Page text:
The Fate of Those Who Never Hear -- By: Millard J. Erickson
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The Fate of Those Who Never Hear
[Millard J. Erickson is Research Professor of Theology, Southwestern Baptist Theological Seminary, Fort Worth, Texas.]
[This is article one in the four-part series, “The Destiny of the Unevangelized,” delivered by the author as the W. H. Griffith Thomas Lectures at Dallas Theological Seminary, February 8–11, 1994.]
At various times in the history of the church, different areas of doctrine have been disputed. The situations leading to these debates have varied considerably. In a sense Pelagius’ desire that people live a good life led to the debate over human goodness and sinfulness in the late third and early fourth centuries, the debate known as the Augustinian-Pelagian controversy. Disagreement over the selling of indulgences in the 16th century led to the dispute between Martin Luther and the Roman Catholic Church over the nature and basis of salvation. One of the burning issues of the present day is the extent of salvation, occasioned by increasing cultural and religious pluralism in what have formerly been “Christian” nations, and by the discussion of the fate of those who never hear the gospel of Jesus Christ.
From its very beginning, Christianity has been evangelistic, holding its adherents responsible to share with others the good news of Jesus Christ and salvation through faith in Him. This in turn entails certain concepts. One is universal sinfulness, guilt, and condemnation. Another is the necessity of faith in Jesus Christ, involving a certain element of information that must be believed. While there never was exact agreement on the relative percentage of the human race that would be saved, there is consensus that not all who have lived will receive eternal life.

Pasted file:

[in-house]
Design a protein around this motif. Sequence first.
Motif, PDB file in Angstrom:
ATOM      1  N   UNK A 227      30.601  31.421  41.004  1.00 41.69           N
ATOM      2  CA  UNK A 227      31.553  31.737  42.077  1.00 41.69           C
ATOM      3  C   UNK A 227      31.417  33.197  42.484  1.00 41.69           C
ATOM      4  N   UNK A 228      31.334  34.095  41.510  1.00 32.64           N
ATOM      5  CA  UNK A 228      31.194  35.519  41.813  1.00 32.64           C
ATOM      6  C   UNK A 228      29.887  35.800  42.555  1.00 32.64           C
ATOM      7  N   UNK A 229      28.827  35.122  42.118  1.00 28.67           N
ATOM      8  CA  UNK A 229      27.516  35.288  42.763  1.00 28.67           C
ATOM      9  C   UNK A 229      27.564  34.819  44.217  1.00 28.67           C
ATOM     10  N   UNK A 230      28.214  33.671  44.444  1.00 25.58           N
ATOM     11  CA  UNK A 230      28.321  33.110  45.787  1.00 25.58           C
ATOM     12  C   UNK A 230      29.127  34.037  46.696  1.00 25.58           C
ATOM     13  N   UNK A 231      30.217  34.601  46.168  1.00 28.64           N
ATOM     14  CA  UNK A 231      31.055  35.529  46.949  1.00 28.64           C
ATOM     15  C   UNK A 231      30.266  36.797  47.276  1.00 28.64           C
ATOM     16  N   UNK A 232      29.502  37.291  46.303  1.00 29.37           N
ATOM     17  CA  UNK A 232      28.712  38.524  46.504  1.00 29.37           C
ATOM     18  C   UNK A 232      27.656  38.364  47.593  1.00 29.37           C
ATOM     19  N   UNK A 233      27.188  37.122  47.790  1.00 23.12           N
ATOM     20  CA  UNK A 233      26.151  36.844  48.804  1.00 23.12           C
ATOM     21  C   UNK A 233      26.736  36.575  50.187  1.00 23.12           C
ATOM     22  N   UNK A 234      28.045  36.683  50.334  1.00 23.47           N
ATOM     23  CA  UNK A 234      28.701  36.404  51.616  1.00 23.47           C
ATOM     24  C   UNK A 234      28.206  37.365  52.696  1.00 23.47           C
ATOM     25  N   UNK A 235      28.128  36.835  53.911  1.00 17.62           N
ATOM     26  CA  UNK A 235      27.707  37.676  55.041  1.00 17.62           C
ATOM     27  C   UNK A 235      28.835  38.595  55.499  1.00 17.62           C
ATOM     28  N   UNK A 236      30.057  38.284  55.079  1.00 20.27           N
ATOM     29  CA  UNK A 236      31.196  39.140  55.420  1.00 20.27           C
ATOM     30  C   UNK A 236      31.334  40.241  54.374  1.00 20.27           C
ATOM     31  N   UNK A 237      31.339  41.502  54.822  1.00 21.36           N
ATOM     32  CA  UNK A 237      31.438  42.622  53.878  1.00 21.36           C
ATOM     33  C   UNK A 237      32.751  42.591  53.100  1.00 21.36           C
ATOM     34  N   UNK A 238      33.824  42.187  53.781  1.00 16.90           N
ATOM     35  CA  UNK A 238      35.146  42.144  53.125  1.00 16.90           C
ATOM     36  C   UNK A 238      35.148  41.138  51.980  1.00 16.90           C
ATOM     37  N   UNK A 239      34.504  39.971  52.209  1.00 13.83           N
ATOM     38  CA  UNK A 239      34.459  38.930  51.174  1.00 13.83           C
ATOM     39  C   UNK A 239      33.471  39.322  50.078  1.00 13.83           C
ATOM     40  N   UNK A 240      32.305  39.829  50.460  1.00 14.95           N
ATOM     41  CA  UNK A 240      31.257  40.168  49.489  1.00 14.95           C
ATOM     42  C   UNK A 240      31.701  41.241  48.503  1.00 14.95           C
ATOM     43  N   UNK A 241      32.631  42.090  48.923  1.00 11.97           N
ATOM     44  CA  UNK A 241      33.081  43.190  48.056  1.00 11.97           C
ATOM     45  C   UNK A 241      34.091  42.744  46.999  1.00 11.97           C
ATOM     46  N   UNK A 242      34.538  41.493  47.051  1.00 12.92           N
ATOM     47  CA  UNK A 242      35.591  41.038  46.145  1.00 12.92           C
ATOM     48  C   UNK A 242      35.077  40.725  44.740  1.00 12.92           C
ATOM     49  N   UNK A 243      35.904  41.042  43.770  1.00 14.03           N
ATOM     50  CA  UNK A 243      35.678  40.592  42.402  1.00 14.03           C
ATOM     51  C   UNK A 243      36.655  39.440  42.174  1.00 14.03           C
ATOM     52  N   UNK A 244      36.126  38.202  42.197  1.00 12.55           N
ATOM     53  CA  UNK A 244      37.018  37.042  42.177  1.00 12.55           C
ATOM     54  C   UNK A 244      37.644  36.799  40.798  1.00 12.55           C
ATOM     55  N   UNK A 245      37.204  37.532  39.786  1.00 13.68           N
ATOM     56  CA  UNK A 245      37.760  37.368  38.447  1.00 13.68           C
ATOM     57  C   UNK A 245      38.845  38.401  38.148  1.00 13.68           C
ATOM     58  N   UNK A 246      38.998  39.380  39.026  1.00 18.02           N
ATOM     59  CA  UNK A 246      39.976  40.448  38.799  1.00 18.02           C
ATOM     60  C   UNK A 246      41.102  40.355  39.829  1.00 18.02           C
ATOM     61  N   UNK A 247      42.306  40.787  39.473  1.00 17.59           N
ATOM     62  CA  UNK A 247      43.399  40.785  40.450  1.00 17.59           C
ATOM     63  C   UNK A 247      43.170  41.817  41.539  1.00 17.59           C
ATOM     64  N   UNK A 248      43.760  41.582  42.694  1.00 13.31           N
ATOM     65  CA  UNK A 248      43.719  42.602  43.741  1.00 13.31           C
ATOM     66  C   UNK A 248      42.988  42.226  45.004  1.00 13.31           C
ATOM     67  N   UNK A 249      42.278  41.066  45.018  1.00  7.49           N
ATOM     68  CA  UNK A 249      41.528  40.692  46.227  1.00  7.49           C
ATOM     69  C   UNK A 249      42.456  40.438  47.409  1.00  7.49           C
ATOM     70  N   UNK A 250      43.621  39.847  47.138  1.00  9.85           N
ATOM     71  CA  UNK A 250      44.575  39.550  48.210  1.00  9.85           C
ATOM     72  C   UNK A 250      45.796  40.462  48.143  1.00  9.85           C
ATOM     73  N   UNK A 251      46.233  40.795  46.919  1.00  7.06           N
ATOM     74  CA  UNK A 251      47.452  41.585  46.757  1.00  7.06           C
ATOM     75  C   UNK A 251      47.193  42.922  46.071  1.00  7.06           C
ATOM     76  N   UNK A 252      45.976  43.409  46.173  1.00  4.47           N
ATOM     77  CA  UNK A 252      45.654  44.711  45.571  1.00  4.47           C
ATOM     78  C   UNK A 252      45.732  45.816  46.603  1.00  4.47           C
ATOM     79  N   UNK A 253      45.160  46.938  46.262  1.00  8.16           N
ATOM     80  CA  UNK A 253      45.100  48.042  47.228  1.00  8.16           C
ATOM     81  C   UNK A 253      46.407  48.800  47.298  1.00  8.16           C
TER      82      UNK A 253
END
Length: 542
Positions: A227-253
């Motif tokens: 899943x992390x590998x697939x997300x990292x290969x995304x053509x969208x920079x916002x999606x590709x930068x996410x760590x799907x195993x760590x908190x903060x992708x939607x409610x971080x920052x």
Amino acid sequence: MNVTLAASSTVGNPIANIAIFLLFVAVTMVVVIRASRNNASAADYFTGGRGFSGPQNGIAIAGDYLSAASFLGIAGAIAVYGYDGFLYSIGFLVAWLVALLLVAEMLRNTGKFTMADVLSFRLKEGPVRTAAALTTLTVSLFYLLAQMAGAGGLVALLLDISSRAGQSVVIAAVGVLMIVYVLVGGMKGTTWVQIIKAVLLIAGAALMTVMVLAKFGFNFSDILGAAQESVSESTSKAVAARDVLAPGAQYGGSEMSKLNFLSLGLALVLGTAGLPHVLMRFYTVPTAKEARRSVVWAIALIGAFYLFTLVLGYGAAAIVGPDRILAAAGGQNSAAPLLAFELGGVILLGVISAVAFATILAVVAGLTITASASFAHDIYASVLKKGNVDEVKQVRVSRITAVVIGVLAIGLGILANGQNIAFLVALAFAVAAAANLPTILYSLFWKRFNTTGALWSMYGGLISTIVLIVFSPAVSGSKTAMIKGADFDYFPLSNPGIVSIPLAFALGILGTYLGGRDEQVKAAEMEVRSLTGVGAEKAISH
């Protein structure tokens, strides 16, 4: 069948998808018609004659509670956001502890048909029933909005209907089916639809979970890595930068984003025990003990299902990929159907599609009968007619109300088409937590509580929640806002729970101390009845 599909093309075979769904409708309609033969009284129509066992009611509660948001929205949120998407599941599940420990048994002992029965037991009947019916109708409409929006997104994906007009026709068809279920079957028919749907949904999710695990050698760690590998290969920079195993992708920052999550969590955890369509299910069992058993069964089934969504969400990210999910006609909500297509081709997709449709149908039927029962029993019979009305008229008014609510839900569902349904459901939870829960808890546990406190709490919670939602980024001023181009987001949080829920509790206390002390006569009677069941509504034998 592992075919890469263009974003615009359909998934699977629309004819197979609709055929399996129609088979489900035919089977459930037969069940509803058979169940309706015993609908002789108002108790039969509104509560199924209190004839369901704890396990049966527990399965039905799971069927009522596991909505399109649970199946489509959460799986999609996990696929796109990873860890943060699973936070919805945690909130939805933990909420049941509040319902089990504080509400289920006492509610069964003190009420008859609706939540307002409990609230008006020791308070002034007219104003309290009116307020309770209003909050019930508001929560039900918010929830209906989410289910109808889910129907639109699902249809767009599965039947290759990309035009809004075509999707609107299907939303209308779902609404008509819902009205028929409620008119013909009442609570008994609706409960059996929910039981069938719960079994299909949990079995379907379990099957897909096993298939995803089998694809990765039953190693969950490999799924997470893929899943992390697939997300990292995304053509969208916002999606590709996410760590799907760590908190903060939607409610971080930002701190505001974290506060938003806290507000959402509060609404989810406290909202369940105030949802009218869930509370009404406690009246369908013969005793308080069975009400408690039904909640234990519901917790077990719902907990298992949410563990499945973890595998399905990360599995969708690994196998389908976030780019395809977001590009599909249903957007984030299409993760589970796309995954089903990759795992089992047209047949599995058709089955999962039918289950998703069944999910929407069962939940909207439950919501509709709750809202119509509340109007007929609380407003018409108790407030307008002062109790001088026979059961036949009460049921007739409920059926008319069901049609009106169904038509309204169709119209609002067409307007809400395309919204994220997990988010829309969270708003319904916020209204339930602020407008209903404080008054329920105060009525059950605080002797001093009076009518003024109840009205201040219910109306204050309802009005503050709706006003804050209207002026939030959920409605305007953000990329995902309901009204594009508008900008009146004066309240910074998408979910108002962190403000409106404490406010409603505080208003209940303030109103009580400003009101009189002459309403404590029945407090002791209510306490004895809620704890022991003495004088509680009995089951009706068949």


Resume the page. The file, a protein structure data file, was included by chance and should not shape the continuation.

However, in recent years controversy has arisen about these concepts. The uniqueness, exclusiveness, and necessity of Jesus Christ and belief in Him for salvation are being questioned. In
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light of this and other considerations, it is important to investigate carefully the question of who will be saved, and on what basis. The study of this question is especially important at this time for several reasons.
First, it is important to address this subject because confusion has arisen regarding salvation and Christ, even in circles where this has traditionally been given the highest value. The Barna organization’s polling data published in 1992 indicated a rather high degree of correct understanding of the basis of salvation. When asked to describe their belief about life after death, 62 percent of the respondents agreed that “When you die, you will go to heave...
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